I work in the Mental Health and Well-being department, but it wasn’t until I started working at the university that I realised how much I had neglected these services as a student.
Throughout my time at University, I struggled a lot with my mental health, only turning to support in that split-second moment when things were at rock bottom. I had a few sporadic appointments with the team but never saw anything through, often ignoring follow-up appointments.
Now that I’m working and seeing things from the other side, I really regret not utilising them more. The team are committed and there’s so much support available. If I had taken my mental wellbeing seriously, then I think my uni experience could have been a lot different. As it’s Mental Health Awareness day, I really want to stress that although mental illness is out of our control, there are things that we can control to help us manage.
Finding the right pathway for you
There are a few different pathways to support here at uni so I’m going to outline them all here so you can choose which route is best for you.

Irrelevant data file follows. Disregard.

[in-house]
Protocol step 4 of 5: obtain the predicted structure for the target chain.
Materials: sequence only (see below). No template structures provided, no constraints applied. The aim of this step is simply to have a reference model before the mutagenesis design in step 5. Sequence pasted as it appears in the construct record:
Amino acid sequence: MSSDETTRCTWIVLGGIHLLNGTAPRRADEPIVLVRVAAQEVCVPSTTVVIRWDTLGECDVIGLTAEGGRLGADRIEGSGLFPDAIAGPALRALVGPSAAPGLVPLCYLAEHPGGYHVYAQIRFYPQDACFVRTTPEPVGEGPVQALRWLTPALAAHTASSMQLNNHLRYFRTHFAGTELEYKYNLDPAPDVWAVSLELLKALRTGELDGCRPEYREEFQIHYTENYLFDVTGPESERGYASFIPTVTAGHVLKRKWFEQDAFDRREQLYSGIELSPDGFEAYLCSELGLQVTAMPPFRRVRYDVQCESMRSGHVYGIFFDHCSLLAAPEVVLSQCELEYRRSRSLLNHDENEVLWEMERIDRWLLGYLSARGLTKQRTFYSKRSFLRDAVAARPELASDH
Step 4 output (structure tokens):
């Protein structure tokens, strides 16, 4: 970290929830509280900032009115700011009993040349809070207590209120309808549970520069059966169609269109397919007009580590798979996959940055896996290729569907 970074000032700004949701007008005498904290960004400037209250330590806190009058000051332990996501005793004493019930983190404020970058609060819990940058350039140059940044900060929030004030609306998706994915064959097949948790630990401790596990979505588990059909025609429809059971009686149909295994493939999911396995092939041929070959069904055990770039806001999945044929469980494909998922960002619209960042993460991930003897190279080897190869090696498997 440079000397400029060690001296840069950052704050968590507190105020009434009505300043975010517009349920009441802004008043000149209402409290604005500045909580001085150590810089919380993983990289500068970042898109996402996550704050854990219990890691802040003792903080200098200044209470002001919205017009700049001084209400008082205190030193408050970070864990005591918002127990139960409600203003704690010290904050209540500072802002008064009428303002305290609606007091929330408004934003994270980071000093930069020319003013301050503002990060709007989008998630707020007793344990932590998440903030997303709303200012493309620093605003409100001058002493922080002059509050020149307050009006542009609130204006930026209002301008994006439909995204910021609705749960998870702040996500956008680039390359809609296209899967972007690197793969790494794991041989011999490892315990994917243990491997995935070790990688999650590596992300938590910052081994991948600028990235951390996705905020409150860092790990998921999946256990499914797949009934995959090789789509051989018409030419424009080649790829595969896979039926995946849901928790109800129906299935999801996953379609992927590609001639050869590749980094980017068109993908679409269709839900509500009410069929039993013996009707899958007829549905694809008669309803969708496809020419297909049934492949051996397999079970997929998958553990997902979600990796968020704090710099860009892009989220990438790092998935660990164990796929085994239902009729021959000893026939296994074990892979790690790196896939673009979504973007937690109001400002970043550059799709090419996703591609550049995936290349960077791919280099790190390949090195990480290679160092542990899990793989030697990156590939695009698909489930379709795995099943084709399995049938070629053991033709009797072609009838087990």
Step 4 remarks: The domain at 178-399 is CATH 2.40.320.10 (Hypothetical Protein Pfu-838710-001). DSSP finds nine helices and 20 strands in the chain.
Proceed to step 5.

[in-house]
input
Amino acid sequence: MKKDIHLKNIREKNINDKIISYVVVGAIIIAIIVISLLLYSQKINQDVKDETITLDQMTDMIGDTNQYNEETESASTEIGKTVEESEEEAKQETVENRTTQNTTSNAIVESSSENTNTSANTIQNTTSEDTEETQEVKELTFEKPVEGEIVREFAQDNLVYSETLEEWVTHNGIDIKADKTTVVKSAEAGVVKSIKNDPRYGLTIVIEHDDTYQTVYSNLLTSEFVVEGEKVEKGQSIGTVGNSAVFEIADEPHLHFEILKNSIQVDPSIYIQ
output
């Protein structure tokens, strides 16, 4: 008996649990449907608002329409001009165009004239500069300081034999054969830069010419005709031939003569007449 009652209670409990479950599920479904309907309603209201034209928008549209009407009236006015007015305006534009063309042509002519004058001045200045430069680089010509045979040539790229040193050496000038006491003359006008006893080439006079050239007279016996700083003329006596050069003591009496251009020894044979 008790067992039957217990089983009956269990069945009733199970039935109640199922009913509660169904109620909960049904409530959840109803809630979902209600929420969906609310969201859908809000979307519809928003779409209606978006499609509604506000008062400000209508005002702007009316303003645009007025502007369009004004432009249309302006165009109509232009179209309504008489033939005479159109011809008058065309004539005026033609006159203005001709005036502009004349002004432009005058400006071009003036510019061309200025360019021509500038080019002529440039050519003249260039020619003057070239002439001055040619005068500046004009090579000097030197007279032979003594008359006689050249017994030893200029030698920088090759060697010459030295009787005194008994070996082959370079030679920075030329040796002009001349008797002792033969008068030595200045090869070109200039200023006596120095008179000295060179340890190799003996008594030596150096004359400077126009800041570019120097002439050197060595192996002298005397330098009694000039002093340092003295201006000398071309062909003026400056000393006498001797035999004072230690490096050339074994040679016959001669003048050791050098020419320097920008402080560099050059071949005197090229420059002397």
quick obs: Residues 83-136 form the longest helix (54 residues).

Firstly, there’s a small team of trained mental health practitioners here on campus. Their aim is to help you to develop your confidence and independence in managing the challenges that you face during your student journey. They work with a variety students who experience all kinds of different mental health and wellbeing difficulties. Students or applicants can access the team by completing this self-referral form, this helps give an overview of your current situation. Once you’ve completed the form, the team will respond within 3 working days so keep an eye on your portal. But don’t stop reading as there is more immediate support that we mention a little further down too.
Bringing up mental health with someone you suspect is struggling can be difficult, if you notice one of your friends or fellow students is suffering you can raise a concern for a student form here to let us know.
Student Assistance Programme
The university has recently partnered with the company Health Assured, to provide the students of Hull uni with the Student Assistance Programme (or SAP because we love an abbreviation.) Health Assured are the UK and Ireland’s most trusted independent health and wellbeing provider, making a positive difference to over 15 million lives.
One service we found particularly helpful was their financial support. It’s good to know that you’re not alone with your financial worries!
SAP also cover a range of other topics that may be impacting your mental health. You can find out more on their website. Also remember that SAP is a 24 hour support service, so you can get in touch with them whenever you need to.
My Healthy Advantage